Louis Elmy may recoup the $66,315 he paid toward his Luzerne County pension, but a full taxpayer-subsidized pension is unlikely due to the latest charges against him, officials say.
The state’s pension forfeiture act precludes public employees from receiving a pension if they are convicted of certain crimes related to their employment.
Elmy, a nearly 20-year Luzerne County prison system worker, was charged with extortion and possession of a firearm in furtherance of selling crack cocaine, according to a criminal information filed last week in the U.S. District Court for the Middle District of Pennsylvania.
Prosecutors said Elmy, while acting in his official role as a prison work-release counselor, extorted money and other items of value from work release inmates in exchange for giving them special privileges and unauthorized furloughs.
Extortion is among the crimes listed in the Public Employee Pension Forfeiture Act.
The 52-year-old Wilkes-Barre resident and former Wilkes-Barre Area School Board member originally was charged in February with distribution and possession with intent to distribute crack cocaine and possessing a firearm while being a habitual drug user.
County officials could not assess the potential impact on Elmy’s pension in February because the FBI had not publicly released information detailing the actions that led to the charges and whether they were connected to his county employment.
County pension coordinator Rick Hummer said Monday his office won’t process Elmy’s pension request until the matter is adjudicated and reviewed by the county Retirement Board’s legal counsel.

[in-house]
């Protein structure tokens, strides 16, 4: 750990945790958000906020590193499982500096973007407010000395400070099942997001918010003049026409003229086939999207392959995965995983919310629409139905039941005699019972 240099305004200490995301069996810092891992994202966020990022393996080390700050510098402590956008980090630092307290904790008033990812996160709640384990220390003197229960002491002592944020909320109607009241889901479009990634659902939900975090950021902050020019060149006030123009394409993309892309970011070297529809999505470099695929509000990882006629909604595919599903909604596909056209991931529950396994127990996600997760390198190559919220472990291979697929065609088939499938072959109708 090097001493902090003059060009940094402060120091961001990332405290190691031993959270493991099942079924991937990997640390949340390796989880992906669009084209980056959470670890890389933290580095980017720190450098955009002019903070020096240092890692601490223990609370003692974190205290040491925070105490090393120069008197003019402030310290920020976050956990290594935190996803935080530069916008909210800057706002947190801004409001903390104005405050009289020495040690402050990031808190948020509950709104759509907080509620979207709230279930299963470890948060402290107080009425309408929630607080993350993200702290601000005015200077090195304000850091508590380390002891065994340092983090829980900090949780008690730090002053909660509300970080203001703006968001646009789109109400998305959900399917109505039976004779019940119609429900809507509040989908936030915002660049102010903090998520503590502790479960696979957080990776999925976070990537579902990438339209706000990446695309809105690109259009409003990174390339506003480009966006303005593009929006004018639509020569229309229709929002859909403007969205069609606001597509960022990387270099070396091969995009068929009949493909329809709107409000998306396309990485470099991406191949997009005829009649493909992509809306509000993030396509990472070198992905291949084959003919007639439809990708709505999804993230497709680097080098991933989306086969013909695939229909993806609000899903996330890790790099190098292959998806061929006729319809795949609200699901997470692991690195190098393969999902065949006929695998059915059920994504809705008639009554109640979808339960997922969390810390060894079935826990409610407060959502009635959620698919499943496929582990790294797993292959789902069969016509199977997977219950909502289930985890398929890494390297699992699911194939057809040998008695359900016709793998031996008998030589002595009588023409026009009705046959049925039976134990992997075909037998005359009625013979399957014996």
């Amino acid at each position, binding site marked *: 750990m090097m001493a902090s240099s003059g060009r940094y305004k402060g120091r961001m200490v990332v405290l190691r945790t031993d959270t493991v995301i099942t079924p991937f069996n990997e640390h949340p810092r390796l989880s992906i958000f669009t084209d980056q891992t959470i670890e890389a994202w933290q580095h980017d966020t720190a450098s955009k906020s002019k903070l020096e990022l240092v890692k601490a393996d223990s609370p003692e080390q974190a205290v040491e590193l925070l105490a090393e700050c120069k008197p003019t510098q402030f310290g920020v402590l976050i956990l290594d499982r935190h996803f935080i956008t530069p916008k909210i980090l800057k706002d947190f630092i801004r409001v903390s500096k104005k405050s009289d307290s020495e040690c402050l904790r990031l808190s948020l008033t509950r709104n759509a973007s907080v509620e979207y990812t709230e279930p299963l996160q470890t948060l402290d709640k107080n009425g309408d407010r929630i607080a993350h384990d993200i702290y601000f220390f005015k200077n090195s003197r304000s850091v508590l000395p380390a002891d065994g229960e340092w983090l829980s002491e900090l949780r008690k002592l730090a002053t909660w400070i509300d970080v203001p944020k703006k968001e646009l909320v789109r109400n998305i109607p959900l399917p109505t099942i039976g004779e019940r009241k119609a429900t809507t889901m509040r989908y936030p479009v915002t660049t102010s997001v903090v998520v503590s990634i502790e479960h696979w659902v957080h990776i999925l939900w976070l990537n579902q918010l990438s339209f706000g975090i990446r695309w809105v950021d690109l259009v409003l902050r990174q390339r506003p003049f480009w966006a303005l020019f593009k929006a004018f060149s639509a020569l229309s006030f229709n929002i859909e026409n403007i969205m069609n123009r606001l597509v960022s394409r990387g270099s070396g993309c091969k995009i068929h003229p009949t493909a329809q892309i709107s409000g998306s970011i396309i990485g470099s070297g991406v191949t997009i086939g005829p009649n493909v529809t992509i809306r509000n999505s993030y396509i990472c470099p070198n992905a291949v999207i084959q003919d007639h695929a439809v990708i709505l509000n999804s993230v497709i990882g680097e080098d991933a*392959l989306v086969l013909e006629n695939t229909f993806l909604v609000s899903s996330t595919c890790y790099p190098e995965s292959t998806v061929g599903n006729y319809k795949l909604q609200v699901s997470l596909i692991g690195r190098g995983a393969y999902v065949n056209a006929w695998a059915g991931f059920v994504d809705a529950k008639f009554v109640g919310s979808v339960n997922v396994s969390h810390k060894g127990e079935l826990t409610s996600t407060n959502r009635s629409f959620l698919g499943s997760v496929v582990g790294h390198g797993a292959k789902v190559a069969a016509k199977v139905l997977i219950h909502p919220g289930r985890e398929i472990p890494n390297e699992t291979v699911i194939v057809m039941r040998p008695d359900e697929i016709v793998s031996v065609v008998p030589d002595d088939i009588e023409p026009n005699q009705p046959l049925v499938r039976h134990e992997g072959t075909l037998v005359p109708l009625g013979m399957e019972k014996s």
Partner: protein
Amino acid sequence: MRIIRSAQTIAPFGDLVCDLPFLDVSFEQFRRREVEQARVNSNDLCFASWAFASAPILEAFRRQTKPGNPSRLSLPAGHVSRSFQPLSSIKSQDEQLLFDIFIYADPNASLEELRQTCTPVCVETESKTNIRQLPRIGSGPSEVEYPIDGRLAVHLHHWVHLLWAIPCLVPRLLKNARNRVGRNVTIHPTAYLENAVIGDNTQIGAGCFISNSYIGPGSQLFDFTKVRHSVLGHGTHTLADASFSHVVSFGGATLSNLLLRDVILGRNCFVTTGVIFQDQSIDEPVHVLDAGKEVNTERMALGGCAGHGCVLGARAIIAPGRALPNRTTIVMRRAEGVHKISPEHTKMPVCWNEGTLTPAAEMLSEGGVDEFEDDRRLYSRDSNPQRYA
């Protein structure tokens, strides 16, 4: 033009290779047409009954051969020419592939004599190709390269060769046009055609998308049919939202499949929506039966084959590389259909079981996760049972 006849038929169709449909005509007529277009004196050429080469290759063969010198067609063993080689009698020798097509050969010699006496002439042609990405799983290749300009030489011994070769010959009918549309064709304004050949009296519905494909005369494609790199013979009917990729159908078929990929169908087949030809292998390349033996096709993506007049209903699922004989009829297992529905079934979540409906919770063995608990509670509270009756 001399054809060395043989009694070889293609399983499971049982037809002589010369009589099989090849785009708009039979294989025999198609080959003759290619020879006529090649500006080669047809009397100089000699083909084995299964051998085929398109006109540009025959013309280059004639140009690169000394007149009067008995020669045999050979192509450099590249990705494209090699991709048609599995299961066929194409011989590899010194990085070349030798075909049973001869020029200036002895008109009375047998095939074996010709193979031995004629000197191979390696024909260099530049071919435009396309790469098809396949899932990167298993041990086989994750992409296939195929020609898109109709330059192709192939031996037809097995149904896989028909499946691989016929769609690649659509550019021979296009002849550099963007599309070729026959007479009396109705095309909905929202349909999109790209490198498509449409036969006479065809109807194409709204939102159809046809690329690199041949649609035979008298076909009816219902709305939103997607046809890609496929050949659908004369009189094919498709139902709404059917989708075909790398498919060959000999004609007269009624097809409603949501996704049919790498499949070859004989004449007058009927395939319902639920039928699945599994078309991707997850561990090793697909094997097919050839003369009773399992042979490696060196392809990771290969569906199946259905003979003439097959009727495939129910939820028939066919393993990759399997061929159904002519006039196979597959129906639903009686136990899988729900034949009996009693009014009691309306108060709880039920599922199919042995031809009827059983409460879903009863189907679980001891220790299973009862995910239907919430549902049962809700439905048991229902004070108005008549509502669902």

Elmy has reached a plea agreement with prosecutors, and a plea hearing is scheduled for July 21 before U.S. District Court Judge Edwin M. Kosik in Scranton.
The county Retirement Board also must publicly approve all pensions and refunds of employee contributions, Hummer said.
The board is set to meet on July 13, before Elmy’s plea hearing. The next board meeting is not until Oct. 12, Hummer said.
County officials have refused to pay pensions or interest earnings on employee pension contributions several times in recent years due to criminal charges against former employees.
Elmy’s resignation also is under review, officials said.
The county administration placed Elmy on administrative leave without pay at the time the charges were filed, and Elmy resigned from the $58,413-a-year county position in lieu of termination on March 31.
Now that details about the alleged employment-related crime against him have been released, the administration is exploring changing his departure as termination with cause, officials said.
Termination with cause could prevent Elmy from receiving compensation for unused vacation and/or sick days, officials said.
County Councilwoman Kathy Dobash on Monday released her response to an email from county Manager C. David Pedri about the charges against Elmy.
Pedri told the council he and other county officials have worked closely with federal authorities throughout the investigation. Prison staffers are reviewing practices and procedures and will make adjustments where needed, he said.
The matter will be further discussed at Tuesday’s council meeting, Pedri said.
“It is obvious severe and drastic changes with strong observation needs to take place,” Dobash wrote in reply. “Criminal employee activity is disgusting. This really makes me sick.”